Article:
- Child Support Guidelines Model: The supreme court of Iowa enacts Child support guidelines by court rule. The guidelines are based on the Income Shares model, based on gross income.
The supreme court of Iowa enacts Child support guidelines by court rule. The guidelines are based on gross income. Public assistance and the income of stepparents are not included, but both parents' incomes are. To calculate child support, a party counts the children (not only include those in the current support obligation, but it also children from previous relations under the care of one of the spouses). Thus, children from a previous relationship covered by an already-existing child support order are considered and the amount paid and the children of a subsequent marriage. Health insurance for the children from this relationship may be deducted from gross wages. If the other parent pays for this coverage, this is deducted from that parent's gross income and this will affect both contributions. Iowa allows deductions for income taxes, FICA, pension deductions, union dues, and any medical support paid under a previous child support order, and any child care costs. Iowa uses a Child Support Worksheet, which shows an appropriate Iowa child support obligation. Once this amount is determined it is essential to look at any appropriate Iowa child support deviation factors. The parents can agree on an amount that is different than the amount determined using the child support worksheet, but the court must believe it is reasonable and will be adequate to financially support the child(ren).
- Property Division: Iowa is an equitable distribution state.
- Appreciation of Separate Property: Separate property is not subject to a division, except upon a finding that not dividing it is inequitable to the other party or to the children of the marriage.
- Attendance at Hearing: Yes. If it is a default divorce, the spouse that files must go to a hearing. However, if the parties enter into a separation agreement, the spouse that filed for divorce will meet with the judge to review the agreement, but often, this won't actually require a formal court hearing. (Read more about Iowa divorce hearings)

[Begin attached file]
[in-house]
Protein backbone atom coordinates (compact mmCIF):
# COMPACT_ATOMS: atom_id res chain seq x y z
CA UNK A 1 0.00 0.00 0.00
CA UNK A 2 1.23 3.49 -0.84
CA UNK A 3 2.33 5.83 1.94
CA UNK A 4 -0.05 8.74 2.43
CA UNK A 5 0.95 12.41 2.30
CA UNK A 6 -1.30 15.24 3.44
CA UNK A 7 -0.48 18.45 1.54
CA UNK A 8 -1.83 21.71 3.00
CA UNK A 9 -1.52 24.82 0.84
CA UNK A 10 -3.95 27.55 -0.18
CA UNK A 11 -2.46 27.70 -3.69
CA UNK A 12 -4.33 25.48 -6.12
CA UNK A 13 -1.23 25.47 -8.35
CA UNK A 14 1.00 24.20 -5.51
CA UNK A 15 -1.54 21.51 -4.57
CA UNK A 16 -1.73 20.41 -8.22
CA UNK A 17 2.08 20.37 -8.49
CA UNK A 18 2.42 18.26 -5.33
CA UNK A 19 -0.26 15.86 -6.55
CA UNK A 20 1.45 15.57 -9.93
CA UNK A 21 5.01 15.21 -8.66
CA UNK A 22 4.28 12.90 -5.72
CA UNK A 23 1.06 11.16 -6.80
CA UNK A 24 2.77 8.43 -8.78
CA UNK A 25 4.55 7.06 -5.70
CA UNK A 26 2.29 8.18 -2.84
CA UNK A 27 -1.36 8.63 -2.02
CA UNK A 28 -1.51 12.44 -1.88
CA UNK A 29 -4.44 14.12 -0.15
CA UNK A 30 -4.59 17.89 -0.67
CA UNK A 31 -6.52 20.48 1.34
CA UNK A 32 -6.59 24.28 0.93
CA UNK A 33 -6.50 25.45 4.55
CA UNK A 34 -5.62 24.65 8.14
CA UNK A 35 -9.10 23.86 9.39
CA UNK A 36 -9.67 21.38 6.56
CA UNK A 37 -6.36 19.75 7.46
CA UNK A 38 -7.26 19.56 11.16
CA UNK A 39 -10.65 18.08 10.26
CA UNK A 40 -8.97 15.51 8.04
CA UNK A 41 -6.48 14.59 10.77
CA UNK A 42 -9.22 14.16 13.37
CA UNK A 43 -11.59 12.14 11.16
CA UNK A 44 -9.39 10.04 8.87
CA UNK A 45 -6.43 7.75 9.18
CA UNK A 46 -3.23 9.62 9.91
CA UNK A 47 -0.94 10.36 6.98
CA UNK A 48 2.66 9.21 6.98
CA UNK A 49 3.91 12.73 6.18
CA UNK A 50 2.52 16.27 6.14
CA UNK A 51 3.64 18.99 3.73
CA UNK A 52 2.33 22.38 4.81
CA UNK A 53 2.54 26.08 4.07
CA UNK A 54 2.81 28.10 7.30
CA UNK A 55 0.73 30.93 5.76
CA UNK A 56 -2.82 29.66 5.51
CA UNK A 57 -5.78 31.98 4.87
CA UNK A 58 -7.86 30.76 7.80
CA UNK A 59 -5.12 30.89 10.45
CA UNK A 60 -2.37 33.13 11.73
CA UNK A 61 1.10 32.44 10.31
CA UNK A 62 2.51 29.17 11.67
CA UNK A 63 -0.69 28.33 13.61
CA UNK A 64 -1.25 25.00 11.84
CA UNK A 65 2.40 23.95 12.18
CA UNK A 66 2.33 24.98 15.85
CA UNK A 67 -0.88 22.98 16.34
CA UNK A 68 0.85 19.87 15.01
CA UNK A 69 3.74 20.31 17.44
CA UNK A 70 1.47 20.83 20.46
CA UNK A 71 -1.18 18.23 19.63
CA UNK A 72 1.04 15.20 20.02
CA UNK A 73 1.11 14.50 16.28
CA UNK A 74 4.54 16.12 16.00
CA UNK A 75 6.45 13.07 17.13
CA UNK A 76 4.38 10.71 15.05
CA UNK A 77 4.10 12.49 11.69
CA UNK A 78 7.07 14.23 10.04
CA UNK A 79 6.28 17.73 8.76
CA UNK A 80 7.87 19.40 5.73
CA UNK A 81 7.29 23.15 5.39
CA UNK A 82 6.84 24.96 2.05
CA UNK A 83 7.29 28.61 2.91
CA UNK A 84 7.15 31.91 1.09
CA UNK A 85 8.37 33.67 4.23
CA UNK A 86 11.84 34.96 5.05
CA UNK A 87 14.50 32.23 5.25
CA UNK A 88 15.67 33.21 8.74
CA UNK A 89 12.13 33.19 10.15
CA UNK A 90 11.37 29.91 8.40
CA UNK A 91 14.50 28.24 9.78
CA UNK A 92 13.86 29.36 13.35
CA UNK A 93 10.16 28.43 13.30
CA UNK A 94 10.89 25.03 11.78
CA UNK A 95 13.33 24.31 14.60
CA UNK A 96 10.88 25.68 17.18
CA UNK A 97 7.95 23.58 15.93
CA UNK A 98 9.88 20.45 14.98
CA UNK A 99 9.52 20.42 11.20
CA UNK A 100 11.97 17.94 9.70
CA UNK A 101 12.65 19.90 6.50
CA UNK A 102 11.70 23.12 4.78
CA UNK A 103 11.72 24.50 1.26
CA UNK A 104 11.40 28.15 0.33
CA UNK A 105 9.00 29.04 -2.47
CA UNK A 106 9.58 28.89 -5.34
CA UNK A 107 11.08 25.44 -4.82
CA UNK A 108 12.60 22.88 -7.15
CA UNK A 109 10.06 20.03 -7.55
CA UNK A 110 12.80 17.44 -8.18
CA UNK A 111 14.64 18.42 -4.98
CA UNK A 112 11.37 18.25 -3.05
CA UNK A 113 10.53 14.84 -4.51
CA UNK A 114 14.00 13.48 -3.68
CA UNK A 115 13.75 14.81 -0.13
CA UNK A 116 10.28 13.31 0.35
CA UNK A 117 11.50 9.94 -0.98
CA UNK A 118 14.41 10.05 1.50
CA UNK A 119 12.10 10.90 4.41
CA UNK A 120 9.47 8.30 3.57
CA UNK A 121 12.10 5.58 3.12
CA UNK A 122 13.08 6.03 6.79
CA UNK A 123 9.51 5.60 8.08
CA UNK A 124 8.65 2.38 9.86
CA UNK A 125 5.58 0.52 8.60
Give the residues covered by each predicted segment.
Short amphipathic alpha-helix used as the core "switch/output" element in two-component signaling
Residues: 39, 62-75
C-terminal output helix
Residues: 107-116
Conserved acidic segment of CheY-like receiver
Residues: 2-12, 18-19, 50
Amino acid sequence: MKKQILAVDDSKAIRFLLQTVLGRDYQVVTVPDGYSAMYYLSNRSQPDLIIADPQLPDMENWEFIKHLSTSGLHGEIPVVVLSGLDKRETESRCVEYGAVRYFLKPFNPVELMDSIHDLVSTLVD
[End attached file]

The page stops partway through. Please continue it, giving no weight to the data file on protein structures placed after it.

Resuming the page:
- Fault Considered in Property Division: No.
- Waiting period after Divorce for Remarriage: None.
- Divorce Records: The Iowa Department of Public Health
State laws enacted in 1906 requires the County Clerk of Court in Iowa to report all divorces to the Iowa Department of Health. The divorce record includes the name of each party, age, and nationality, date and place of marriage, county and cause of divorce and number of minor children. Certified copies of Vital Records can be obtained from a County Recorder’s office or the Iowa Department of Public Health. The office is located at: Iowa Department of Public Health, Bureau of Vital Records, Lucas Office Building 1st Floor, 321 East 12th Street, Des Moines, Iowa 50319-0075. Copies of a Decree of Dissolution of Marriage in Iowa are found in the District Court in the county where the divorce was filed and finalized. A Decree of Dissolution of Marriage can be obtained by contacting the Clerk of Court in person or by phone. The Decree of Dissolution of Marriage will include information regarding the settlement of the divorce, where a divorce record or certificate from the Iowa Department of Public Health will only include the basic information regarding the divorce as mentioned above.